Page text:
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A Little Bloated - 70%

Arjunthebeast, July 12th, 2016

Ukraine’s progressive doom metal ensemble Vin De Mia Trix (whatever that means) offers up a ‘big, epic, cinemascope with cast of thousands’ type of recording with their full length debut “Once Hidden From Sight.” Extended running times, heavy lyrics and a general sense of gravity permeate the whole experience, and exhaustion of some kind is inevitable. Opening with the grandiosity of ‘A Study in Scarlet,’ and concluding with the…grandiosity of ‘मातृ’ (Hindi for ‘Mother’), there isn’t a moment where the experience doesn’t reach for great heights. What adds to the scope of the album is the genre straddling at work here; there are lovely and melodic guitar emanations over slowly pounding rhythmic progressions and atmospheric effects, fairly typical of Epic Doom Metal. However, the work tangentially reminds of the warmer tones of mid-90’s progressive metal experimentations via Dark Millennium or Disaffected as well. Being both somber and colorful at the same time is quite a feat, especially at this tempo. Yet, something is missing here, or more accurately: there is too much.

The album can be broken up into thirds by way of two extended instrumentals (the rather nice and expansive piano journey of ‘Là où le rêve et le jour s'effleurèrent’ and the somewhat redundant but still involving ‘La persistència de la memòria’), with the longest vocal cuts as bookends. The length of the instrumentals is nevertheless inflated, and somewhat slows the progression of aggression in the metal present. As shorter vignettes (a common choice in heavy metal, but a wise one) the momentum could survive intact. In the same way, ‘The Sleep of Reason’ and its more moderated length might be template the band could visit in the future, as it also ends up being the most immediate of all the cuts in the batting order because it gets to the point relatively quickly. That point could lead the band in many different directions.

The big guitar chugging near the end of ‘Nowhere is Here’ is pretty radical as a stop gap between two longer and more drawn out passages, and eases a bit of the fatigue that could have set in at the quarter hour mark. A more direct attack is also well employed throughout the massive ‘Metamorphosis,’ which has an entrancing urgency that is missing in other tracks, becoming another highlight on the very first listen. The guitar soloist sounds truly inspired here as does the rest of the band. The use of “2001: A Space Odyssey” themes and imagery are melded well to the relative intensity, culminating in an effective echoing guitar coda. A little variation can go a long way in lengthy tracks. While on the topic of lyrics, it is important to point out that while being a bit workmanlike, are tailor-made to fit the music and the presentation. There is a mixture of choir-like clean vocals akin to what mid-period Enslaved did, the semi-sung narrations and tough growls that are ordered and placed quite well throughout the compositions.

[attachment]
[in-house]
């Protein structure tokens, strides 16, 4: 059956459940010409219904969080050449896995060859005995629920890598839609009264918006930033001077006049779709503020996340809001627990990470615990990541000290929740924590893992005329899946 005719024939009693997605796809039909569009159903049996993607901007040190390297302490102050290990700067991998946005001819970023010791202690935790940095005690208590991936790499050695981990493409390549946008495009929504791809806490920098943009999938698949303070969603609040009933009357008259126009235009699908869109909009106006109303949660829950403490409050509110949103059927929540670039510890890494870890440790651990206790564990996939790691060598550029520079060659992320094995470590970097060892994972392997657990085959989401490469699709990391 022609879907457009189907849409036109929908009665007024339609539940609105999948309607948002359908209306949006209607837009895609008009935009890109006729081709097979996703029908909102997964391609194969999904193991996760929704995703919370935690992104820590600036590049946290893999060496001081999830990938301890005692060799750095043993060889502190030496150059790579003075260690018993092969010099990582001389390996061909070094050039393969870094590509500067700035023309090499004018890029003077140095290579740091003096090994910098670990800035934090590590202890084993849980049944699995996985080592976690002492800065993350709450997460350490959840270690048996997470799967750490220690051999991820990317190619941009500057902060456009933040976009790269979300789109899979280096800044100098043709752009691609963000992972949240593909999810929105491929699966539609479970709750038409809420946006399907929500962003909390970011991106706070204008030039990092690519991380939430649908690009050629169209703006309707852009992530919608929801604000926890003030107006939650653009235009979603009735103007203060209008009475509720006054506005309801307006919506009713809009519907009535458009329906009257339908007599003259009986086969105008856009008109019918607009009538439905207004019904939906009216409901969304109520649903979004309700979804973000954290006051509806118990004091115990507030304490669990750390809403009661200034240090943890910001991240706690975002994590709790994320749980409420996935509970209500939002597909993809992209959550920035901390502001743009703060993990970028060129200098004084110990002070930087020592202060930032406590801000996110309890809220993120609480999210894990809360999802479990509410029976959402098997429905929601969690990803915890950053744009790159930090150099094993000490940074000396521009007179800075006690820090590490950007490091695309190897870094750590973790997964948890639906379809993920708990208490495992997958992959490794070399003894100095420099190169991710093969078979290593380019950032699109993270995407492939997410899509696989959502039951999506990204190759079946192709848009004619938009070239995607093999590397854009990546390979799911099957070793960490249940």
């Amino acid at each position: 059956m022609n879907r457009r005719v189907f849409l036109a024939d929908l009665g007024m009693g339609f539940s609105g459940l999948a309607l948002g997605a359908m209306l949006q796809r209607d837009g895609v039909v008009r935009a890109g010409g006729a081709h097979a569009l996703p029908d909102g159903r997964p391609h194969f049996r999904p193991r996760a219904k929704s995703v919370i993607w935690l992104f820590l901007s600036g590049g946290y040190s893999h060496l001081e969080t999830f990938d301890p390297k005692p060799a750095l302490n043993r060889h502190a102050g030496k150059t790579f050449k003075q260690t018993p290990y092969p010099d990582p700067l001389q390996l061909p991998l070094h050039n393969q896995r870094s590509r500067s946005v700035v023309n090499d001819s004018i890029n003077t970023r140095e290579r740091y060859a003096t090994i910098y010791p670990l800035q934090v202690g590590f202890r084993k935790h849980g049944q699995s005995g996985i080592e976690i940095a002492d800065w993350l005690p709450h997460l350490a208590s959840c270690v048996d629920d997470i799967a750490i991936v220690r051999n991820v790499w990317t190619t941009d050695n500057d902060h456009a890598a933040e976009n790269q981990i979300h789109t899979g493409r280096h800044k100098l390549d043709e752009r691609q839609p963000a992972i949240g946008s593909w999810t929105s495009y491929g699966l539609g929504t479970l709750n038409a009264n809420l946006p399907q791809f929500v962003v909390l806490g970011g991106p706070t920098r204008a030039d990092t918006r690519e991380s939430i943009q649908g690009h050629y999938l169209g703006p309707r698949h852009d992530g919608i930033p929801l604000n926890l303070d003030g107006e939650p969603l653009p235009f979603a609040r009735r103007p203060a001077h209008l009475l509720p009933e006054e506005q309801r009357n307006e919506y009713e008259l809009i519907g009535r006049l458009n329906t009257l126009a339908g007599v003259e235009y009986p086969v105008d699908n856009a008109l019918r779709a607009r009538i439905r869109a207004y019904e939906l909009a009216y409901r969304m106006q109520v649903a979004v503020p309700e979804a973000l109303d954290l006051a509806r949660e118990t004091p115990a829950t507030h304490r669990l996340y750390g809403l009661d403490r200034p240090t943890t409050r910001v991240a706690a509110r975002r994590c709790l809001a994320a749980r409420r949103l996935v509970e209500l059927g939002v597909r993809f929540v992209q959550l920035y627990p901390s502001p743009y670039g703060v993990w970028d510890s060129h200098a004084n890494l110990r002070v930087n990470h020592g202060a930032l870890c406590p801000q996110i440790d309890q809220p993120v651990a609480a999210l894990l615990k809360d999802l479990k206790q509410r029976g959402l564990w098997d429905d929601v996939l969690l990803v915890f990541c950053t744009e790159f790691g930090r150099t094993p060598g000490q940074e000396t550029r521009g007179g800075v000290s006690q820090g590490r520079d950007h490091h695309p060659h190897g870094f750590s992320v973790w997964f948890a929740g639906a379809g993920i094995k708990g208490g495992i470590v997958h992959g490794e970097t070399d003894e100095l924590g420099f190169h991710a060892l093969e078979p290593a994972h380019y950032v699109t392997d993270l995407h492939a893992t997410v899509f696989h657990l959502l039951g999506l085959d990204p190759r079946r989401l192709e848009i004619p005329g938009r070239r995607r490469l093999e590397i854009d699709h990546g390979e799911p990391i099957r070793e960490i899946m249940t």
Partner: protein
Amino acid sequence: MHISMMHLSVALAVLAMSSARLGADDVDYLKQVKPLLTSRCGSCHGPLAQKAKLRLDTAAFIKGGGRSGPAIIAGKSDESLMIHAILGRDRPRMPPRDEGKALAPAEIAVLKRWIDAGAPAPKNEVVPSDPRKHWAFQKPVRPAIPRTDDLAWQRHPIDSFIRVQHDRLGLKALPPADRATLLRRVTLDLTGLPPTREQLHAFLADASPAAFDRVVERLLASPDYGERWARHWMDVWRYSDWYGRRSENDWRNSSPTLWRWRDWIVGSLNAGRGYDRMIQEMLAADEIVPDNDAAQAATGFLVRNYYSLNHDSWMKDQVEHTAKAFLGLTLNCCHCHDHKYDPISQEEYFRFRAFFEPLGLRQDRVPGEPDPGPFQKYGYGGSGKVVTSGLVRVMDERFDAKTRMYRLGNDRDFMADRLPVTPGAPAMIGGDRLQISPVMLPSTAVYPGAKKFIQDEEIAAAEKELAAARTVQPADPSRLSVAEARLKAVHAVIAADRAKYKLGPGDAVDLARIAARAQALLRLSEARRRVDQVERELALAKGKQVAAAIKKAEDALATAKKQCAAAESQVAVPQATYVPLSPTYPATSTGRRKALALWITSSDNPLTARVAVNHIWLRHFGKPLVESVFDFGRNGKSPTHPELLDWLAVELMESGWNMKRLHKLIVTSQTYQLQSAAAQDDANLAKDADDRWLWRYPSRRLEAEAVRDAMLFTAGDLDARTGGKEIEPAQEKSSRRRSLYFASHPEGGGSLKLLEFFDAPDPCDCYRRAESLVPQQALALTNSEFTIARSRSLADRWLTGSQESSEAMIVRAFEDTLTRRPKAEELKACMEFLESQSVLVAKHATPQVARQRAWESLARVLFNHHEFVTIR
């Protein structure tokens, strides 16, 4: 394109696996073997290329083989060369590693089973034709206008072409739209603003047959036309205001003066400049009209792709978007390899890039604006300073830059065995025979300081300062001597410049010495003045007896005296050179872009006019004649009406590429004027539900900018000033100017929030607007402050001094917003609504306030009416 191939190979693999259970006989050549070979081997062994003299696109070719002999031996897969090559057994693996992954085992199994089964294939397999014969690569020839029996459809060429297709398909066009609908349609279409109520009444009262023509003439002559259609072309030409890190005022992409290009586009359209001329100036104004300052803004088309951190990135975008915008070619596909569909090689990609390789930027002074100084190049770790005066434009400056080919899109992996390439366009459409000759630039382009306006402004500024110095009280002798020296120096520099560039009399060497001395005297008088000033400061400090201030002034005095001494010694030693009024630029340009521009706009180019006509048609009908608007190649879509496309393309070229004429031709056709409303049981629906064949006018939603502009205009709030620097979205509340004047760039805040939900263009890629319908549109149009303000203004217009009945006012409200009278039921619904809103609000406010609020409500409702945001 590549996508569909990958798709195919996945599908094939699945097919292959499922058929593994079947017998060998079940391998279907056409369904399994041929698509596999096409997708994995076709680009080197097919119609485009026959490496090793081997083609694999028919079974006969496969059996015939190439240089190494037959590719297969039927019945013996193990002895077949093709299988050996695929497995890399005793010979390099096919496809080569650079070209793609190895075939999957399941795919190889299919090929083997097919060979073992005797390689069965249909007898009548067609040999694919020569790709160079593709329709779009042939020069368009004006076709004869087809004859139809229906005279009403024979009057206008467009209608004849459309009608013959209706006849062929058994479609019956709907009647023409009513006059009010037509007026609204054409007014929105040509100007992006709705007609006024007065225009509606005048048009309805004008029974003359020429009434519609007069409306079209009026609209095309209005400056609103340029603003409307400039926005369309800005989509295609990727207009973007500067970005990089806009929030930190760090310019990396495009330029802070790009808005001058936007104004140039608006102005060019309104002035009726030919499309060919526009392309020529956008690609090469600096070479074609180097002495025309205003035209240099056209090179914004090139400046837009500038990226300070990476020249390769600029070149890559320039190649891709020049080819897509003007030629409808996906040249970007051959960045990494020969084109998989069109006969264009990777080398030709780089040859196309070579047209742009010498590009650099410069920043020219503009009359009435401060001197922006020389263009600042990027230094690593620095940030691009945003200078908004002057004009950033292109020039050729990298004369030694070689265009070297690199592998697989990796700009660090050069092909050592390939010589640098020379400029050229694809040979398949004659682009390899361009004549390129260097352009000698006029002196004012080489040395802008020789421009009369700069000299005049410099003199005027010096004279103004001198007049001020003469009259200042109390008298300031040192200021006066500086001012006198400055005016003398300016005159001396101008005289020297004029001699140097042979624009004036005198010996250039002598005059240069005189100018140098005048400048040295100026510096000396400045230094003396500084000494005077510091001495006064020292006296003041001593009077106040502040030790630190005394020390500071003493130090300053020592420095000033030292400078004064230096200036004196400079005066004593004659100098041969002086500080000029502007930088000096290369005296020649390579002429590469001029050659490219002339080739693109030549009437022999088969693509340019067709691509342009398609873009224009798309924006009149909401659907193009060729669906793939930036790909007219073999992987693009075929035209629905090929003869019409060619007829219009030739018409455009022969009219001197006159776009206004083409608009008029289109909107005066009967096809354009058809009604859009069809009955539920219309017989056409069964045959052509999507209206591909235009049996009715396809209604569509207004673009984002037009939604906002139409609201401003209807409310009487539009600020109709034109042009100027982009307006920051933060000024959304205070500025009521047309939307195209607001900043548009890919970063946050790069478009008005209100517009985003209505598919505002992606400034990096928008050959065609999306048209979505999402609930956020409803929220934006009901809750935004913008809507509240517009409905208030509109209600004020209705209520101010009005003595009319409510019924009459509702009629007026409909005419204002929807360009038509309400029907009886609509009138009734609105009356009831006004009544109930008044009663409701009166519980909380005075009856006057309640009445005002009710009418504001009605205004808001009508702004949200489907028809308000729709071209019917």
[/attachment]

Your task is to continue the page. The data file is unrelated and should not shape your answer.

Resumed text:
This is a very polished and well played release, but in order to fully occupy the lofty realms in which it invokes, there needs to be some more in the way of experimentation and even risk taking. It of course is up to the artists to decide what to do with their work. This is especially true in the worlds of underground music: nobody does this stuff for big bucks. The artcraft is paramount, and Vin De Mia Trix are obviously committed and should be commended on their ambition.

Originally Published In Metalegion Magazine:
www.metalegion.com/content/issue-1/

Very interesting and atmospheric - 84%

KC, August 17th, 2014
Written based on this version: 2013, Digital, Solitude Productions (Bandcamp)

Vin De Mia Trix is such a beautiful band. Rarely do you come across such evocative and progressive doom metal music. It’s at once remindful of Ennui, especially the band’s recent material. In that, it’s almost as wistful and employs stirring leads to create a dramatic effect against the backdrop of plodding, despondent music. The band doesn’t seem to adhere to the firm funeral doom metal template and like Esoteric, dabbles in areas outside the box. Its path isn’t a well-worn one and it seeks to explore different methods for expressing the music. It requires patience but it isn’t something that’s off-kilter or too artistic – to deem so is almost unfair. Quercus is one that’s truly artistic without probably giving a shit for the conventional norm but in comparison this Ukrainian band is a lot more digestible and atmospheric. More importantly, the music has sentient emotions and tangible ones at that. It just requires some time to wrap your head around it as the music slowly and elegantly unfurls its facets. It’s not as if it requires effort either – it’s just naturally moving, floating through almost, and all you have to do is give it a chance. It’s mesmerizing, slow yet striking and it’s hard not to get moved or stunned into silence when this is on.